Macaroni and Cheese is a beloved dish of mine, even though I'm lactose intolerant. I make many variations of it, most of them involving bacon and multiple cheese types. This beer laced mac was a new endeavor however, and a very successful one.
I was helping S make mac and cheese for dinner one night (ok, I took over, I'm a kitchen control freak), when S suggested that beer might be a nice addition to mac and cheese.
Well, being from the Midwest, land of the beer cheese soup, I generally think beer and cheese should always be together. Hence my recent recipe for Beer Cheese Pretzels.
I wanted to jump in and make the mac and cheese with beer the next day, but S didn't like the idea of making another dish of mac before we even finished eating the one we made that night, so I waited a almost a week.
It was worth the wait. This is a great mac and cheese, slightly more complex than your basic mac, the beer really complements the nutty gouda. I used a smoked gouda, but I know the smoked flavor is not for everyone, and any gouda would work well in this recipe.
If you prefer a baked mac, I provide broiling instructions, just long enough to get the cheese on top to melt though. However, if you prefer a saucy, unbaked mac and cheese, similar in consistency to boxed mac, simply don't bake it, just mix the bacon right in. But I really think you should try broiling it, the extra layer of melty cheese is delightful.
This mac will certainly be entering our regular repertoire, which in this autumnal time of year I find is frequently full of cheese sauces and baked casseroles. Also, a lot of squash. I wonder if I could find a way to put squash in mac and cheese? That recipe may be coming soon.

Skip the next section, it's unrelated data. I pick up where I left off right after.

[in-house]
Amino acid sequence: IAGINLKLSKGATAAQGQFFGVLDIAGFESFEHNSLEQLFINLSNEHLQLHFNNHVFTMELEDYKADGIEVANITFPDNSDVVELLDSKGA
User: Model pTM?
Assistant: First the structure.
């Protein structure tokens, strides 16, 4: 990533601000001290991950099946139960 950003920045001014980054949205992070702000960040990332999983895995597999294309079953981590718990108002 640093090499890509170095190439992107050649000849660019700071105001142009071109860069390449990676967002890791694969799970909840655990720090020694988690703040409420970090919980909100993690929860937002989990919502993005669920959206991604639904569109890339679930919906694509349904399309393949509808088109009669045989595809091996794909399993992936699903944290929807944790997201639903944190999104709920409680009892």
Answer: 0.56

This mac is something special, something heavenly. It's an absolutely perfect dish for an autumn night.
Mac and Cheese and Beer
1 lb macaroni
1 1/2 heaping cups cheddar, grated
1 1/2 C heaping cups gouda, grated
6 strips bacon
1/2 C beer room temperature I used a lager, but a porter would also work
3/4 C milk
2 tbsp butter
2 tbsp flour
A generous 1/2 tsp paprika
A dash of Cayenne
2 dashes Worcestershire Sauce
Boil Water and add macaroni, cook until not quite ready, it should be a bit firmer than al dente. Drain. While pasta cooks, cook bacon, and make sauce.
Fry the bacon over medium low heat (always add bacon to your pan prior to heating), until crispy.
Melt butter in saucepan over low heat, once melted sprinkle in flour and whisking constantly cook about 2 minutes. Add paprika and cayenne, whisk again.
Pour in milk and beer, still whisking constantly, and cook another 2 minutes (you can whisk less now). Once sauce is cohesively mixed and slightly thickened, whisk in the cheese. Reserve a bit of cheese, about 1/2 C to top the dish with later. Try to stir in a zig zag or random pattern to avoid creating a cheese ball. Once sauce is smooth and cheese is melted whisk in 2 dashes of Worcestershire sauce.
Pour hot cheese sauce over macaroni and mix well. If you prefer a saucy mac, similar to boxed macaroni and cheese in consistency, simply stir in the bacon and serve. I like a baked mac, so I pour my mac and cheese into a baking pan, top it with more grated cheese and the bacon, and place under your broiler for 5-8 minutes, just until your cheesy top melts. Serve immediately and enjoy.
This sounds delicious. I use 1 tsp. Cholula hot sauce in my mac and cheese. It might be good in this as an alternative to Worcestershire sauce, if you like some spiciness.ReplyDelete
Yum! I am sure hot sauce would be a great addition, I love Cholula.Delete
I love to drink hennessy beer with cheese...Since this is a tasting...spitting out the cognac must be similar how professional wine tasters do it...they sip/swirl/spit...never swallow (other wise imagine what a happy day it will be after the 100th product)...some even gargle with water (and even sniff neutralizing agents as if appreciating perfume) in between...for maximum experience of a product unhindered by the linger of the last tasted product...ReplyDelete